Andrew Sullivan's blog is doing a great job covering this issue and has these thoughts:
That a new information technology could be improvised for this purpose so swiftly is a sign of the times. It reveals in Iran what the Obama campaign revealed in the United States. You cannot stop people any longer. You cannot control them any longer. They can bypass your established media; they can broadcast to one another; they can organize as never before.
It's increasingly clear that Ahmadinejad and the old guard mullahs were caught off-guard by this technology and how it helped galvanize the opposition movement in the last few weeks. That's why they didn't see what those of us surgically attached to modems could spot a mile away: something was happening in Iran. If Drum is right, the mullahs believed their own propaganda about victory until reality hit them so hard so fast, they miscalculated badly and over-reached.
The key force behind this is the next generation, the Millennials, who elected Obama in America and may oust Ahmadinejad in Iran. They want freedom; they are sick of lies; they enjoy life and know hope.
This generation will determine if the world can avoid the apocalypse that will come if the fear-ridden establishments continue to dominate global politics, motivated by terror, armed with nukes, and playing old but now far too dangerous games. This generation will not bypass existing institutions and methods: look at the record turnout in Iran and the massive mobilization of the young and minority vote in the US. But they will use technology to displace old modes and orders. Maybe this revolt will be crushed. But even if it is, the genie has escaped this Islamist bottle.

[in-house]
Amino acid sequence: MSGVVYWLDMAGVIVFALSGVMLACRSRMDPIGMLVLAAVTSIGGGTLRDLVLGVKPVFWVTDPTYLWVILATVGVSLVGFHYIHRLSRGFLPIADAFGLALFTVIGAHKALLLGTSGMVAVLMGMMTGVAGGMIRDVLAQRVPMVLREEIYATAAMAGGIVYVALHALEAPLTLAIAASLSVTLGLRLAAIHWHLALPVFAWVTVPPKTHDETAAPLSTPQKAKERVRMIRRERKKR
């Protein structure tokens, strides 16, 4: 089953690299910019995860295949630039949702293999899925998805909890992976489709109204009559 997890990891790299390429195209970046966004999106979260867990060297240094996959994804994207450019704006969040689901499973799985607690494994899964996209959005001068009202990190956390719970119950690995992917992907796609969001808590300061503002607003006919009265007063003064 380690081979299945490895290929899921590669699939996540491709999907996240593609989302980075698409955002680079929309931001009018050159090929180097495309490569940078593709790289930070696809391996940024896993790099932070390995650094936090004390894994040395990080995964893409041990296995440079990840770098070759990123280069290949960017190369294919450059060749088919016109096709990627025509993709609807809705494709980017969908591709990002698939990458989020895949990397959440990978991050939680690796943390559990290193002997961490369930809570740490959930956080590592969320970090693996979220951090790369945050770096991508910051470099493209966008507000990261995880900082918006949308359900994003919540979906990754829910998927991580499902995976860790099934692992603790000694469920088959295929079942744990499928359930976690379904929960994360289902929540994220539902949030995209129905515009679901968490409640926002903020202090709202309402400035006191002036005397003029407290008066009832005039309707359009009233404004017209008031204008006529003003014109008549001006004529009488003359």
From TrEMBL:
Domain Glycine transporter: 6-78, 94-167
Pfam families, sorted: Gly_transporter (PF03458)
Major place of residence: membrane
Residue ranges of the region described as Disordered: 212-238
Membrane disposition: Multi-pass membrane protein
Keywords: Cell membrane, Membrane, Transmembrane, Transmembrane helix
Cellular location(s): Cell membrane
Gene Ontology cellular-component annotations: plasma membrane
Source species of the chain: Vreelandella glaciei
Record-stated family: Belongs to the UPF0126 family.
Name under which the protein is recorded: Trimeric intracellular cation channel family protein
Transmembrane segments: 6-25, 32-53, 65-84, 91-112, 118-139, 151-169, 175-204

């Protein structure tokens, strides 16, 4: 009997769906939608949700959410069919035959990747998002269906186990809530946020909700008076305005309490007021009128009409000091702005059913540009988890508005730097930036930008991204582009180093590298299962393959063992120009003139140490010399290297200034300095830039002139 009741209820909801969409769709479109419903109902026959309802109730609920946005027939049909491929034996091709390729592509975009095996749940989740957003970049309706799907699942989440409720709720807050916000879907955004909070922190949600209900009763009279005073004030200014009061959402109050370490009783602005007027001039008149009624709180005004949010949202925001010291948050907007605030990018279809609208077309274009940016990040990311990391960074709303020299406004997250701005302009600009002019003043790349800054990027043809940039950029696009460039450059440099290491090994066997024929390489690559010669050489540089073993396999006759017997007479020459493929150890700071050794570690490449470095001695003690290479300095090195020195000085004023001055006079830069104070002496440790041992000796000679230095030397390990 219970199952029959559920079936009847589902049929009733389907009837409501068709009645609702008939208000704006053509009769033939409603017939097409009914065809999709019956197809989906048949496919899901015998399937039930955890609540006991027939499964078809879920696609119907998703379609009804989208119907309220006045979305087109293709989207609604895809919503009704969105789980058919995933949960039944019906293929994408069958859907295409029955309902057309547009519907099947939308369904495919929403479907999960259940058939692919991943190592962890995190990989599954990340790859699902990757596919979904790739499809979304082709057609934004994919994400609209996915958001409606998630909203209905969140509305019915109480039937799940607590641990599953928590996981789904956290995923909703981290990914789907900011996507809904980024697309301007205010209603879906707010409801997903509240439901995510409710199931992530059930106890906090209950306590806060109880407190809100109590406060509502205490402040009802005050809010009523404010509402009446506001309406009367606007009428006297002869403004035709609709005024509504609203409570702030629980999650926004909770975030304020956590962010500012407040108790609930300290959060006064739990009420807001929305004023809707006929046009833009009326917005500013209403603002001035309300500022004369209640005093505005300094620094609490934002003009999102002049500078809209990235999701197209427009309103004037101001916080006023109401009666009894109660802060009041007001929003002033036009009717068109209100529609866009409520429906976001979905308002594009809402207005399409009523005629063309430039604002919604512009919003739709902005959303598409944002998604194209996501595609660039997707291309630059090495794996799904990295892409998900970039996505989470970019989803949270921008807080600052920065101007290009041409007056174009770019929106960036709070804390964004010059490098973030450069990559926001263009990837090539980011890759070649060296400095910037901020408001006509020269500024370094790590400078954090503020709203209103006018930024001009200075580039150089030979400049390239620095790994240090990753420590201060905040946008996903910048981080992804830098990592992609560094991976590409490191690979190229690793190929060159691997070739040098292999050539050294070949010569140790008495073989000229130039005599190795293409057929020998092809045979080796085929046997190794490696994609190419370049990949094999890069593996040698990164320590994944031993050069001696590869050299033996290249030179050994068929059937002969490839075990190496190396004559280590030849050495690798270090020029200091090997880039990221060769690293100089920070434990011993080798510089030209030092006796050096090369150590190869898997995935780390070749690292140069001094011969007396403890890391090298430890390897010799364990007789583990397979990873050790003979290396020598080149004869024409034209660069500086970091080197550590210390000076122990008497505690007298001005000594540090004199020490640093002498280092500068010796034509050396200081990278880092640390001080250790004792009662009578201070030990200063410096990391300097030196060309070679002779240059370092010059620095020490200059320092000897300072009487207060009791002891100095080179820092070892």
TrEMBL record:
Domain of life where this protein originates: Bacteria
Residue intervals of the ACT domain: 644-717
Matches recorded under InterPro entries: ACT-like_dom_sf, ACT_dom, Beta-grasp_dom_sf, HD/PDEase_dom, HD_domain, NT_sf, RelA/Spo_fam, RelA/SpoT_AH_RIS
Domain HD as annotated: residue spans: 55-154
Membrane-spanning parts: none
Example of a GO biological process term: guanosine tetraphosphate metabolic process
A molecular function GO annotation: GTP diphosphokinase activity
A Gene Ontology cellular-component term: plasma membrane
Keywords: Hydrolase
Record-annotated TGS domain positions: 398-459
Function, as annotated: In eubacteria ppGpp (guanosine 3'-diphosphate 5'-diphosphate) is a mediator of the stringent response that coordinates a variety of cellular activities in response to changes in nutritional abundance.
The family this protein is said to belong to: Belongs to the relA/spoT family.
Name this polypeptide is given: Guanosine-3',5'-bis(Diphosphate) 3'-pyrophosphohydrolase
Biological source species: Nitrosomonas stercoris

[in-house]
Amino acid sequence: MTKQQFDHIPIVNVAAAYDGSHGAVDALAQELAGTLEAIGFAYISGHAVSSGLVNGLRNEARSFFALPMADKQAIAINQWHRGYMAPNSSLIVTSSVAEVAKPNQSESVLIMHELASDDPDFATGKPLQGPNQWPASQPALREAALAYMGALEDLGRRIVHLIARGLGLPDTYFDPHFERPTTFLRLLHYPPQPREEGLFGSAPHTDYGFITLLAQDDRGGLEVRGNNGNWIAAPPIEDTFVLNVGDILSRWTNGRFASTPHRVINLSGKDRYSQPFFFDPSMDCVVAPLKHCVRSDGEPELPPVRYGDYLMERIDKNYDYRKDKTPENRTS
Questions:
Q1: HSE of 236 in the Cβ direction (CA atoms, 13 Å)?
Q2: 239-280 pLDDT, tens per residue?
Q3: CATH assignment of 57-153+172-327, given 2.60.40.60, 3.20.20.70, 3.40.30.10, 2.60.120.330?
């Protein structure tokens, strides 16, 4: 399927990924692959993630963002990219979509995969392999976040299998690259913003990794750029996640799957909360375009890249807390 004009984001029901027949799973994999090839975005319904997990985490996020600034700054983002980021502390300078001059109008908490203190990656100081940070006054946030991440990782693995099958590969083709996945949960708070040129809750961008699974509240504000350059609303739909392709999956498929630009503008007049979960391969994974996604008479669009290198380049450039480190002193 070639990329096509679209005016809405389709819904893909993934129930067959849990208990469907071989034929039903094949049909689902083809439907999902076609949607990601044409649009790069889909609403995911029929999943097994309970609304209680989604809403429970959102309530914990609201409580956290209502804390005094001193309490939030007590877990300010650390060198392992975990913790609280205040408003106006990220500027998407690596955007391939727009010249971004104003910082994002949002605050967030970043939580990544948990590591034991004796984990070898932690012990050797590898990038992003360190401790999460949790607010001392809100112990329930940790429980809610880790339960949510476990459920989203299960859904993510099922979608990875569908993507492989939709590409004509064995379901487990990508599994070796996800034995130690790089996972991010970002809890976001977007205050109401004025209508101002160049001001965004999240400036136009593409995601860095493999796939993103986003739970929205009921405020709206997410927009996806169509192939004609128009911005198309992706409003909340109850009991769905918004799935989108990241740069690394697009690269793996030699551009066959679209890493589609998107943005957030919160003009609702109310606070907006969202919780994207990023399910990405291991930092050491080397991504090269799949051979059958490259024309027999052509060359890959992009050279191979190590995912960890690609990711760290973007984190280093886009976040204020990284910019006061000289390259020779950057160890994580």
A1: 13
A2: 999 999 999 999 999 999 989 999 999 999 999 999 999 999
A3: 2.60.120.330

Maybe that's what we're hearing on the rooftops of Tehran: the sound of the next revolution.
Allah O Akbar!
Steve Clemons has a take on the Iranian regime's response to the opposition:
He conveyed to me things that were mostly obvious -- Iran is now a tinderbox. The right is tenaciously consolidating its control over the state and refuses to yield. There is a split among the mullahs and significant dismay with Supreme Leader Ali Khamenei. A gaping hole has been ripped open in Iranian society, exposing the contradictions of the regime and everyone now sees that the democracy that they believed that they had in Iranian form is a "charade."
But the scariest point he made to me that I had not heard anywhere else is that this "coup by the right wing" has created pressures that cannot be solved or patted down by the normal institutional arrangements Iran has constructed. The Guardian Council and other power nodes of government can't deal with the current crisis and can't deal with the fact that a civil war has now broken out among Iran's revolutionaries.
My contact predicted serious violence at the highest levels. He said that Ahmadinejad is now genuinely scared of Iranian society and of Mousavi and Rafsanjani. The level of tension between them has gone beyond civil limits -- and my contact said that Ahmadinejad will try to have them imprisoned and killed.
Likewise, he said, Rafsanjani, Khatami, and Mousavi know this -- and thus are using all of the instruments at their control within Iran's government apparatus to fight back -- but given Khamenei's embrace of Ahmadinejad's actions in the election and victory, there is no recourse but to try and remove Khamenei. Some suggest that Rafsanjani will count votes to see if there is a way to formally dislodge Khamenei -- but this source I met said that all of these political giants have resources at their disposal to "do away with" those that get in the way.